By Dearbhla Fay
Most people do not fall in love with their high school English classrooms. Most people leave these rooms behind after graduation and never look back. This is purely because most people's classrooms are not as beautiful as mine was. Their English rooms were not Room 10.
My high school lies on probably the most beautiful site for an educational facility in the world. It is situated directly on the eastern coast of Ireland. When I say directly, I mean it. We had unobstructed sea views from most of the classrooms and the room with the best view of all was of course, Room 10. Two of its walls were made up entirely of windows, row upon row of sea salt splattered windows which were at the perfect height for those sitting at desks to look out from.
Although I loved English as a subject and my teacher was second to none, it would often be the case that whatever was going on outside those windows was far more exciting than what was going on within. An island lies about half a mile offshore and on sunny days I could do nothing else but stare at the shining, sparkling water in the sound between the island and the shore, shifting with the currents and constantly flowing away from me.
I specifically remember during my second last year at school when I had English on Wednesdays, a man, balancing on a single plank of wood, would paddle past the classroom as though what he was doing was the most normal and natural thing in the world. Passers-by on sailboats or yachts often used to wave at us. On particularly calm or quiet days (usually exam days) we could hear their shrieks of merriment and joy as they debated taking the jet skis for a spin on the glass-like water. Those were days I would rather have had a school without windows.
The stormy, wintry days were just as, if not more beautiful than the summery ones. The restless nature and continuous change of the sea has always fascinated me. I cannot think of a more captivating sight than an angry, gray, churning sea, the kind that spits waves at the rocks and threatens all the time to burst the barrier of the coastline and engulf the entire country beyond it in water. On these days the wind would howl around the triple glazed windows of Room 10 and the outside wires which came loose sometime in 2008 and were never fixed back in place would whip against the window panes.
The first time I was in Room 10 on such a day as a mere 12 year old, some of the girls in my class screamed. I, however, loved the feeling of being in this warm, dry and brightly lit room with all the chaos and anger raging one story below me. My friend and I would often open the windows during storms in the hopes that we would get splashed by a particularly rogue wave. The next day, when the weather had calmed down, we would return to Room 10 to resume our study of Macbeth (though the Tempest would have been a much more fitting read) and the only evidence of the previous days' anarchy would be a two inch thick layer of salt on the windows which had been directly in the path of the wind coming off the sea. The salt made it more difficult to look out the window and allow myself to become distracted and subsequently not pay attention but it didn't make it completely impossible, thus my love of stormy days was preserved.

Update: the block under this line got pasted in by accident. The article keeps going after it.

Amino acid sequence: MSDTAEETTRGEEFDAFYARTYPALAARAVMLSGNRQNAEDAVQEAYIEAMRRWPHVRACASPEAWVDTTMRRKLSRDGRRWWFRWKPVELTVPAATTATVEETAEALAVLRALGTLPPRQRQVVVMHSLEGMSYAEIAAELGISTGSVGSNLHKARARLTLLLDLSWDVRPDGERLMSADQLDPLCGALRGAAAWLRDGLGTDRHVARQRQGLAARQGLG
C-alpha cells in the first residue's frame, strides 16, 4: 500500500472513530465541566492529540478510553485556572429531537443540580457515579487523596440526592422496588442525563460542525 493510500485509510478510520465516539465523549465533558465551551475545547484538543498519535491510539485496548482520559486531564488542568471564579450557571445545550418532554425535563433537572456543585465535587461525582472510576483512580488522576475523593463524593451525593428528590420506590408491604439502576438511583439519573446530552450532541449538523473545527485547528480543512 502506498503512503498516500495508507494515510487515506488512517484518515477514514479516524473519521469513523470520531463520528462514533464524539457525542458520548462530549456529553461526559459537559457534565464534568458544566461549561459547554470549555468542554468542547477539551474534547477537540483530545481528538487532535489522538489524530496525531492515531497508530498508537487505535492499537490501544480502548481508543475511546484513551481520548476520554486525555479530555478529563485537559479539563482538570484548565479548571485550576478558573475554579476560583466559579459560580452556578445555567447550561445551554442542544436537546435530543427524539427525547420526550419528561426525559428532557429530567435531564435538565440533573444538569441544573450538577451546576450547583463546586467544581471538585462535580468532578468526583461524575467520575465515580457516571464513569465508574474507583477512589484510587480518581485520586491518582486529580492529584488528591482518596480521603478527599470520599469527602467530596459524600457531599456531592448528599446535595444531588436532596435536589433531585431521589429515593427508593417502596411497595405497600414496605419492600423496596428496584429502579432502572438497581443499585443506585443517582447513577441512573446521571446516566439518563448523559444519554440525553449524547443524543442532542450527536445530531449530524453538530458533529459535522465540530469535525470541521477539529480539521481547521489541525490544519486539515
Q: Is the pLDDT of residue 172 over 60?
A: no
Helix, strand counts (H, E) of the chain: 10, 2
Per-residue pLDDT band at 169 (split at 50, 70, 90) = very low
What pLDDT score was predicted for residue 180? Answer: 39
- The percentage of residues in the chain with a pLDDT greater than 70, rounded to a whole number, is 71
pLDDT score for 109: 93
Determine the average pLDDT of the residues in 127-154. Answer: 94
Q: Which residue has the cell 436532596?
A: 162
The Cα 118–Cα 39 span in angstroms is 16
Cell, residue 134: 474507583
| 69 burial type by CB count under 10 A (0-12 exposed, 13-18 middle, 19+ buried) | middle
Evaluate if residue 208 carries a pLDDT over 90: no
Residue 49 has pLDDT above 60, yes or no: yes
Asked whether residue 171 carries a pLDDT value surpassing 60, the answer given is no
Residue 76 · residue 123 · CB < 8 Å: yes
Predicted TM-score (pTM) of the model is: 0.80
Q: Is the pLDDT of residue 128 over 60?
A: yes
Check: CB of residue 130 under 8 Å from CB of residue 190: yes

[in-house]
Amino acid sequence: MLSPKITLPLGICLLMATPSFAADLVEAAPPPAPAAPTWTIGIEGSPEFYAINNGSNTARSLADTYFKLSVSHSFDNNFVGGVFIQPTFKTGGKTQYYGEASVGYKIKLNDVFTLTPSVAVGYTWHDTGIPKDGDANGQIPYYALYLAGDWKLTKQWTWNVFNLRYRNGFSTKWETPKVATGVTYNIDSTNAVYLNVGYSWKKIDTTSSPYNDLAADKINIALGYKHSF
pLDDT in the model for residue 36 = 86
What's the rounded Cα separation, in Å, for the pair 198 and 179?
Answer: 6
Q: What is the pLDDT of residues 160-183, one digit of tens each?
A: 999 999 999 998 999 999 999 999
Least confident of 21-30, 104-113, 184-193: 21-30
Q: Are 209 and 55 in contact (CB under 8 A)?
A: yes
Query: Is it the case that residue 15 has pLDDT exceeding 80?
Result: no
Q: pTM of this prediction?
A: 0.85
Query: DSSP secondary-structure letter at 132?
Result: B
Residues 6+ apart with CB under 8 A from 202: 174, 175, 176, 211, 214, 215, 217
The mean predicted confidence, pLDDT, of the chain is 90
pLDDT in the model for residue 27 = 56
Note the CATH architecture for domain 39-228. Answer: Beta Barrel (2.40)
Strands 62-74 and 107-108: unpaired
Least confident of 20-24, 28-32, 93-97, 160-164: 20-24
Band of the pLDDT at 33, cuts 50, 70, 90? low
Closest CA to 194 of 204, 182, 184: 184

As I sit here in Ryan Hall, the nicest dorm on the Notre Dame campus, I can't help but notice the sea's absence. I saw it every day of my life for 18 years and now all I see outside my window is a blank brick wall. Whenever I think of home and how beautiful it is, my mind instantly transports me back to my seat in Room 10, looking out at the iron colored water as the rain pelts down in sheets or marveling at the seals who would pop up out of the greenish deep from time to time as if to remind me that the period of my life that I spent in Room 10 would soon be over. I find it impossible to tell whether I miss my friends and family or the sea more. In a way, however, the sea became a part of my family because of all the time I spent with it in Room 10.
The sea's moods nearly always mirrored my own. There were times when I was completely aware of how much I loved it and times, usually when I was battling to control my uniform skirt on my way to school as the gale roared in off the water, when I felt almost as though I hated it. I experienced the exact same emotions with my parents, as most teenagers do. Now, though, that I am 700 miles from the sea and over 3,500 miles from my parents, I have truly come to realize how much I miss all three of them. I love it here at Notre Dame but I do wish the campus could be on the coast. Here I have nothing to gauge my moods off and there are no tides to look at for reassurance throughout the day that time is actually still moving, something I relied upon heavily on the days when I was not in the mood to be educated and something I now sorely miss.
There is a saying that blood is thicker than water and I know this is ridiculous but I believe that when the two substances come together, there is no stronger combination on earth. I came to a realization one day when I was supposed to be analyzing the poetry of Sylvia Plath (a woman whose mind was as stormy as the winter sea) that I belong by the sea and the sea belongs with me. This experiment of mine in Indiana will be just that – an experiment. Once my four years of college are over I will return to my friend the sea, to salt in the air and the tides. For helping me come to this realization I will forever be grateful to that little room with the big windows, continuous draft and beautiful view. When the time comes for me to click my ruby slippers and head back home, I know that I'll be taken straight back to the place I love so much – I'll be right back in my seat in Room 10.